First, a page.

Patrick Truchon's Web Portal

A Science of Ethics?

Posted by Patrick on March 23, 2010

Sam Harries gives an excellent TED talk [1] about ethics and morality, arguing that values reduce to fact.  He gives great examples of moral questions that clearly (at least to me) have “wrong answers”, but he seems to hastily jump to the conclusion that morality must therefore be objective (like science is).

Reasonably, morality is not completely relative (to individuals, or cultures, or time, or…), but does it automatically mean that it is objective?  After all, arbitrariness is not the only alternative to objectivity, and “moral expertise” could still exist without complete objectivity.  So in that sense, maybe morality should be compared to the arts more than to the sciences (grounded in the subjective, but not arbitrary).

Science deals with what is and morality with how we ought to act.  What kind of a bridge could there be between the two?  Nature is the way it it is regardless of what we believe about it.  Is the same true about morality?  I can conceive of someone breaking moral “laws” because he doesn’t care about them, but can I conceive of someone breaking the laws of physics because he doesn’t care about them?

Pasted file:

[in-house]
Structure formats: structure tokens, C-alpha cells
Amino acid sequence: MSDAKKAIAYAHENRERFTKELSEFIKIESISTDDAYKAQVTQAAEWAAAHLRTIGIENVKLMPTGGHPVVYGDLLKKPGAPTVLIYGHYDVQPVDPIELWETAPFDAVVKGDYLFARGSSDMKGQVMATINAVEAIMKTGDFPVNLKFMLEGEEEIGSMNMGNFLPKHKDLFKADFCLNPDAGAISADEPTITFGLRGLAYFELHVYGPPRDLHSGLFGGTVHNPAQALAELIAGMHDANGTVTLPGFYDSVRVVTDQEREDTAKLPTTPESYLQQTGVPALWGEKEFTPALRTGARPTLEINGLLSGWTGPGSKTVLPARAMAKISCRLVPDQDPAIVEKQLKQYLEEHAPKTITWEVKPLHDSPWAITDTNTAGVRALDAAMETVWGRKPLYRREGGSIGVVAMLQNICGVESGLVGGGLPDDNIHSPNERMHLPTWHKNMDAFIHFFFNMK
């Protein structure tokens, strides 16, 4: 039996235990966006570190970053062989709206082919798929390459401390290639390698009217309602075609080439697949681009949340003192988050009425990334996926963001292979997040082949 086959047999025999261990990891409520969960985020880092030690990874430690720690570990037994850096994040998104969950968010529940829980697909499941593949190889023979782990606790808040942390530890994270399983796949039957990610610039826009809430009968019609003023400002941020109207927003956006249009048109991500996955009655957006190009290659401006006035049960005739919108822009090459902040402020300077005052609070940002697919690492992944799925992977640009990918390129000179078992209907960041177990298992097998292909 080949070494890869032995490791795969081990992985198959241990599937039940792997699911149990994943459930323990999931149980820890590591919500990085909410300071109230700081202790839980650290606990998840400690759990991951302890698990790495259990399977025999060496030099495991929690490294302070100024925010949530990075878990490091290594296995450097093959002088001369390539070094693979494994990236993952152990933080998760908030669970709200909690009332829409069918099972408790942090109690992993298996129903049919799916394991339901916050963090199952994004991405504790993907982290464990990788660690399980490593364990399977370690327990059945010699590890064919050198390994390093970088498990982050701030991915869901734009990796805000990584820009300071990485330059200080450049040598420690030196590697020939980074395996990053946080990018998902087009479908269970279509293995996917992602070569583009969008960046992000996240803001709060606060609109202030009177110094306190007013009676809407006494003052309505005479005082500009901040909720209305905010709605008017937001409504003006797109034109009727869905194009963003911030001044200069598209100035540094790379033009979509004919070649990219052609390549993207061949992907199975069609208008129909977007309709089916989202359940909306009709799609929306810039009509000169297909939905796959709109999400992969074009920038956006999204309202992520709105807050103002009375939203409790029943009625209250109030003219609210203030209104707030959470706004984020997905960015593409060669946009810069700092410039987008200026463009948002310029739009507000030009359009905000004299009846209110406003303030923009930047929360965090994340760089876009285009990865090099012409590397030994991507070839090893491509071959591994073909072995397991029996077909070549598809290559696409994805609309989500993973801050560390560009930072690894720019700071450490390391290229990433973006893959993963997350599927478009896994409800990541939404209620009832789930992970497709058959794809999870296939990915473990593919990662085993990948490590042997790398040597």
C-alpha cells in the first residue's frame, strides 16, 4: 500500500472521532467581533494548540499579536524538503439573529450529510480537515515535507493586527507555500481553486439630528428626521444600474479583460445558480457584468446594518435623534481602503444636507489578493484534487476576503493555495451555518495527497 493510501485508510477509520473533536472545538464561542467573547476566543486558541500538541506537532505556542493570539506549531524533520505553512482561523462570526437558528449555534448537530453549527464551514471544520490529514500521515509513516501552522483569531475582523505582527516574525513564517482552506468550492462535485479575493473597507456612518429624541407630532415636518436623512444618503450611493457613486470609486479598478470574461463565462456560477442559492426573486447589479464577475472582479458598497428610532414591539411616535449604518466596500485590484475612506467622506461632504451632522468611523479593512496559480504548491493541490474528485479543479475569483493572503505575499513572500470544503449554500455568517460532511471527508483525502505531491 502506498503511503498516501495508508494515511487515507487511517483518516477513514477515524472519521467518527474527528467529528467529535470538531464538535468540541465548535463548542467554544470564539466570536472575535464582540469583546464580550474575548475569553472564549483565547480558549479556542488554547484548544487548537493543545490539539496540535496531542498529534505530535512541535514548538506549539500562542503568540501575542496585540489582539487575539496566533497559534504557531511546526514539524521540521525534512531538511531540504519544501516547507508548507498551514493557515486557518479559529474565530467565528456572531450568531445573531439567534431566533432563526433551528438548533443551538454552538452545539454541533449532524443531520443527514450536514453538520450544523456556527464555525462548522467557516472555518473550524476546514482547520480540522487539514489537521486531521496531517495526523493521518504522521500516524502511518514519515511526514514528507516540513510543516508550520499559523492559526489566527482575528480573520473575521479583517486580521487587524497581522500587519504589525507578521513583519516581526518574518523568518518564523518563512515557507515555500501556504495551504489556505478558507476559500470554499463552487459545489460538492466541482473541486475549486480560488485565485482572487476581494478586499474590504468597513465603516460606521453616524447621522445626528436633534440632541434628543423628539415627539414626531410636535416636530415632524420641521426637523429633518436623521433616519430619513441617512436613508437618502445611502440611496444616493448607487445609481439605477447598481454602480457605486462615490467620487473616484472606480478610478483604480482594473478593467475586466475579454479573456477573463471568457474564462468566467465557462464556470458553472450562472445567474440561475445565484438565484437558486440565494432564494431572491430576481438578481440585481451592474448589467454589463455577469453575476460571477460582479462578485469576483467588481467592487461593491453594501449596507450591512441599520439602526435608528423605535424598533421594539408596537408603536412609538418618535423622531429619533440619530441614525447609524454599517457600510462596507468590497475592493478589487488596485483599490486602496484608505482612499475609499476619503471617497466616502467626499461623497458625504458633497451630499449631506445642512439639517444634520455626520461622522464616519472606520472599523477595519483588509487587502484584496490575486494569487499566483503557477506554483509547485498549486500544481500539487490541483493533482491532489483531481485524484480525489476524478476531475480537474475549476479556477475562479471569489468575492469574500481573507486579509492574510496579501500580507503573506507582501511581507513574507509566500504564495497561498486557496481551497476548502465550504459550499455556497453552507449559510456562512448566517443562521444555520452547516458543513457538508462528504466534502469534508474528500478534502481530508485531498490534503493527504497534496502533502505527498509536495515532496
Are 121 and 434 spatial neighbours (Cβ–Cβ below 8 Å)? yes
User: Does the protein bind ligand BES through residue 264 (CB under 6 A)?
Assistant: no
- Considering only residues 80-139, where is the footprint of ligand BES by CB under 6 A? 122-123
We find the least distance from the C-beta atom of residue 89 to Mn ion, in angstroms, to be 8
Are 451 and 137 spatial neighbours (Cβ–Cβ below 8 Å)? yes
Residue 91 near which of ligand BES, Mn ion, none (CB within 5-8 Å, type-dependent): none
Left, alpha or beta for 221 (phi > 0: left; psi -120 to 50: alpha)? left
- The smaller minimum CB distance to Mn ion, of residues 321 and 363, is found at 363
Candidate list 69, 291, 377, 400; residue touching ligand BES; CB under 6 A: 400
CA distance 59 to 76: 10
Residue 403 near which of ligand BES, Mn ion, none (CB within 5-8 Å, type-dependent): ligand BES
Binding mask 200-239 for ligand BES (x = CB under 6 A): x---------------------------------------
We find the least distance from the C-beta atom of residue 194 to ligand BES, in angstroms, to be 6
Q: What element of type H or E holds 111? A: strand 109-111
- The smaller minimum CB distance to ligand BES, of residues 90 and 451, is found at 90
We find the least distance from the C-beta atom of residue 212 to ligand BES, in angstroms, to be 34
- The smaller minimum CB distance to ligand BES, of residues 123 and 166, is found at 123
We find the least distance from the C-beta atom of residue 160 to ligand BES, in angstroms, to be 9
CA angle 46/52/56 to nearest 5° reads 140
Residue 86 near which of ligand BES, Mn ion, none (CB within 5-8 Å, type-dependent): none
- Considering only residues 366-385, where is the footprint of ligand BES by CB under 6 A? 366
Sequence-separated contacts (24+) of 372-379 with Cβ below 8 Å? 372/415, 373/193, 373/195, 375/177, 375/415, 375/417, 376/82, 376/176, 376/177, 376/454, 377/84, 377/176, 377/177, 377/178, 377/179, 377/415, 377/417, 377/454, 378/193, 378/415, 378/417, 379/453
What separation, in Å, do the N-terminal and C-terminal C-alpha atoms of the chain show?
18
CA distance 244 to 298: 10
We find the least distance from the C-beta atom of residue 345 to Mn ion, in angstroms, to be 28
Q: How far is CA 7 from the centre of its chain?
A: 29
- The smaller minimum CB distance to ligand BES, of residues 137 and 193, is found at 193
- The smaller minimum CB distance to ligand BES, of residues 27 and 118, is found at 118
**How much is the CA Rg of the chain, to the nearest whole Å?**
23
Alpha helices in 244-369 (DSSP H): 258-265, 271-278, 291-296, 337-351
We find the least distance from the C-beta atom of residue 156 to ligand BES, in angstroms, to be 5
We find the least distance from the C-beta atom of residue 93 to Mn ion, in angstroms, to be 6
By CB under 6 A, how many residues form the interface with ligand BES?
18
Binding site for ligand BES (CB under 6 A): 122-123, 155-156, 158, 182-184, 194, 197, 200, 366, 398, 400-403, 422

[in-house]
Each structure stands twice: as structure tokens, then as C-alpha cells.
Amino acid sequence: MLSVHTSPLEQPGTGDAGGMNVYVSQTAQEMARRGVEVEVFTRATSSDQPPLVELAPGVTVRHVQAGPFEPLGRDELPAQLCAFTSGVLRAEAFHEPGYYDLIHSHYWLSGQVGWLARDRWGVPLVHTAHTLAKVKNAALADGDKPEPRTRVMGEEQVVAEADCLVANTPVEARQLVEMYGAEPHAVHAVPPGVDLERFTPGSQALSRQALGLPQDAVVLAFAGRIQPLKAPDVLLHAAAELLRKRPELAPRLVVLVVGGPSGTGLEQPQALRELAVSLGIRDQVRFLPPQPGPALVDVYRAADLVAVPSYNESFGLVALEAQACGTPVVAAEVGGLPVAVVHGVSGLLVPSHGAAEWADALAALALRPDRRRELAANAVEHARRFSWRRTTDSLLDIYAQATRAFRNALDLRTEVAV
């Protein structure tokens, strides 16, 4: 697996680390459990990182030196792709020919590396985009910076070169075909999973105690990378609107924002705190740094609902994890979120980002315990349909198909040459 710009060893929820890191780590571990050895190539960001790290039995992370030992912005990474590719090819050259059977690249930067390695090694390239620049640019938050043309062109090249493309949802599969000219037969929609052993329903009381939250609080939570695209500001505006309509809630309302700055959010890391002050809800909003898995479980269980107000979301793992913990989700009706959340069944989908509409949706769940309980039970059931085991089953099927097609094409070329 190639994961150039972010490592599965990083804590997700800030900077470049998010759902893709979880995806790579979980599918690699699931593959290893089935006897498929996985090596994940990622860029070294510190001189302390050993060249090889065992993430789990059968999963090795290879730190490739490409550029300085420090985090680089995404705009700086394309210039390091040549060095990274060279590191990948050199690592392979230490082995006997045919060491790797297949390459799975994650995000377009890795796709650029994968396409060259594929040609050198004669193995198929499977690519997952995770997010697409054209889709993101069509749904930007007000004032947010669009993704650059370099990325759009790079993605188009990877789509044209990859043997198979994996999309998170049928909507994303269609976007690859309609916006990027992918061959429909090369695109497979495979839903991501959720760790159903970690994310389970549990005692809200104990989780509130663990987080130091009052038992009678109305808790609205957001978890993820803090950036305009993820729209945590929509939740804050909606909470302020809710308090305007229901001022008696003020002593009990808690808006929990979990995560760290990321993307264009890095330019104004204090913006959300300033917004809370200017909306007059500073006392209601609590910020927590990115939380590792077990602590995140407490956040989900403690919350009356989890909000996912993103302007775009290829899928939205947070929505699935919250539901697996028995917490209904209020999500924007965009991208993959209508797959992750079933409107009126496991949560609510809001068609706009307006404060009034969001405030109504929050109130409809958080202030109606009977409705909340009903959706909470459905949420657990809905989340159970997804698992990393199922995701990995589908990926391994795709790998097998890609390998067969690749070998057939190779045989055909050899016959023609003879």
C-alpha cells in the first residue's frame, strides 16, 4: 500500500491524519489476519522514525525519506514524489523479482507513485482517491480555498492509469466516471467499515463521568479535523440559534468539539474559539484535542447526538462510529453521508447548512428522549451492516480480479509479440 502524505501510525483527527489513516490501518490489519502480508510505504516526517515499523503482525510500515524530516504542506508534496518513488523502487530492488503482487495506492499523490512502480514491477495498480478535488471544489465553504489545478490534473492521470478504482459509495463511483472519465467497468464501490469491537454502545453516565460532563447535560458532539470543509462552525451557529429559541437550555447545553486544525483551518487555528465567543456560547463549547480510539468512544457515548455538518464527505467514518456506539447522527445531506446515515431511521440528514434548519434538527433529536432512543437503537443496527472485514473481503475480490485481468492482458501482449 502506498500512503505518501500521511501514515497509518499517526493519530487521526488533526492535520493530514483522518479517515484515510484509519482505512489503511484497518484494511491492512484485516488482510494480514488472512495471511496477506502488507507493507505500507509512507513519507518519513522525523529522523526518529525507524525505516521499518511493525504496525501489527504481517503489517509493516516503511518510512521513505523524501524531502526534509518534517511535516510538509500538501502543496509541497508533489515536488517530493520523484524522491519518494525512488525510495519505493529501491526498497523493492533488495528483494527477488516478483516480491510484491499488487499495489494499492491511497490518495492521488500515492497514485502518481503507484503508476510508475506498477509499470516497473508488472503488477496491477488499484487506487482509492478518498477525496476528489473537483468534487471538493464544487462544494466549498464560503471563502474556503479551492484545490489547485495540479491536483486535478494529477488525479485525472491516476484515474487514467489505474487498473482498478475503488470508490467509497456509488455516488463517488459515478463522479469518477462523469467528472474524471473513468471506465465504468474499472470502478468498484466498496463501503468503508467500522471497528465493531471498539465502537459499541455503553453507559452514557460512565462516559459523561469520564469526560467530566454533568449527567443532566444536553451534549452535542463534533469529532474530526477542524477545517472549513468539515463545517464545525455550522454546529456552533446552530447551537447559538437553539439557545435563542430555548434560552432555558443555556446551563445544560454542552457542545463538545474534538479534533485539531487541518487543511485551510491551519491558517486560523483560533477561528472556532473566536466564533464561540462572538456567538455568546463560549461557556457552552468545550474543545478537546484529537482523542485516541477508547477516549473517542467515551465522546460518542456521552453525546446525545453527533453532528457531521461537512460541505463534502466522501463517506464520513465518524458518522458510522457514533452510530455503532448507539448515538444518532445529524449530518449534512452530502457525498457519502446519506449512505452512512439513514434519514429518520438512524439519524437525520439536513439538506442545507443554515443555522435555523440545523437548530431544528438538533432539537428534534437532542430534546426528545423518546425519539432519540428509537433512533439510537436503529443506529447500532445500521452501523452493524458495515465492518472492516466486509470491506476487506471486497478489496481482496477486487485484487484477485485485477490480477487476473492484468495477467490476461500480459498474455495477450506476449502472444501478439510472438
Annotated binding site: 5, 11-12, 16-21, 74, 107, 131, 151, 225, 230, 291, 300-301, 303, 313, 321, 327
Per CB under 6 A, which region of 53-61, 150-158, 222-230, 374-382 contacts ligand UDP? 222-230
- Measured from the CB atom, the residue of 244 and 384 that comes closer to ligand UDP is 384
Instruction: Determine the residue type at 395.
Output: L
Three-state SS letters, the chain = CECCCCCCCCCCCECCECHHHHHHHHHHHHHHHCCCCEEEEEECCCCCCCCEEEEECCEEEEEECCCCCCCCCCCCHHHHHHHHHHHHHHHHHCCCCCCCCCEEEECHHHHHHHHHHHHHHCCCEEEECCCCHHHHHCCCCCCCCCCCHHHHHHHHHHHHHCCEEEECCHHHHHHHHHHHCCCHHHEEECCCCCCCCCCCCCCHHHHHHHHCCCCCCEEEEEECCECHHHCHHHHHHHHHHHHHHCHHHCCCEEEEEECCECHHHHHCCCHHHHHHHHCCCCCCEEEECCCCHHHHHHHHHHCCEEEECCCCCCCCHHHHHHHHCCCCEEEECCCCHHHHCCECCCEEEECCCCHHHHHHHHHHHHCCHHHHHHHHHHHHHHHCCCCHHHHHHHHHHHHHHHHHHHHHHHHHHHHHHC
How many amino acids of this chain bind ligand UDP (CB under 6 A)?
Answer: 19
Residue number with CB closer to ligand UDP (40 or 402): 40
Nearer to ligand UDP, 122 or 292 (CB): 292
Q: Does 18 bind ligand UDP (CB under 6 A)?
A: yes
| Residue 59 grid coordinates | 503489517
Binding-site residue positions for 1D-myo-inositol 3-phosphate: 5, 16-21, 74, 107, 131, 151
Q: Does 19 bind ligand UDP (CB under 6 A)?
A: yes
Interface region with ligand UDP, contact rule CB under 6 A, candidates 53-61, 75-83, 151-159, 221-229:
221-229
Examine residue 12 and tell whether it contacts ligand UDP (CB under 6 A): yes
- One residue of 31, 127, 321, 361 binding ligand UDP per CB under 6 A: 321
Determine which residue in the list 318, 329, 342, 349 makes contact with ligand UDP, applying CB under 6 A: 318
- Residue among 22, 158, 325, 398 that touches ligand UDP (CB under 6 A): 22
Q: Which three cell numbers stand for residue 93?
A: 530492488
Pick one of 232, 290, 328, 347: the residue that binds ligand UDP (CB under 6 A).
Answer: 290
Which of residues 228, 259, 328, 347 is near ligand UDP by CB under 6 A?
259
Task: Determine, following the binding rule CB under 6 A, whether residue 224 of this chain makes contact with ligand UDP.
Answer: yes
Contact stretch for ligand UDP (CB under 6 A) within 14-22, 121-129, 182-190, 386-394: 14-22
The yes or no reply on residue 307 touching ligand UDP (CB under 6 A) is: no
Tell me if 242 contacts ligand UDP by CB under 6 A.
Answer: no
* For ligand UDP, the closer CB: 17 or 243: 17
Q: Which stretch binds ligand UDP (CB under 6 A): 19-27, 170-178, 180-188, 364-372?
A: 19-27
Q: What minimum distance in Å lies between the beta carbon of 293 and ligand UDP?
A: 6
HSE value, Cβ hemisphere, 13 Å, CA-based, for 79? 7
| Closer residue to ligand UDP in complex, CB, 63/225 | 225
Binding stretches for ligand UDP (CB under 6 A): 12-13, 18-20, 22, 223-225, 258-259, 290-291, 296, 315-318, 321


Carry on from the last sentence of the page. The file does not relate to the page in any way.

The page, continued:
From a different angle, does reducing values to facts reduces morality to a mere game of finding the best means of acheiving various ends.  There seems to be something off with the idea that I should be nice to others because they’ll be nice to me, instead of because being nice to others is a good end in itself.

If morality is not grounded in facts (the way science is), what is it grounded in?

Links:

  1. TED: Same Harries, <http://www.ted.com/talks/view/id/801>
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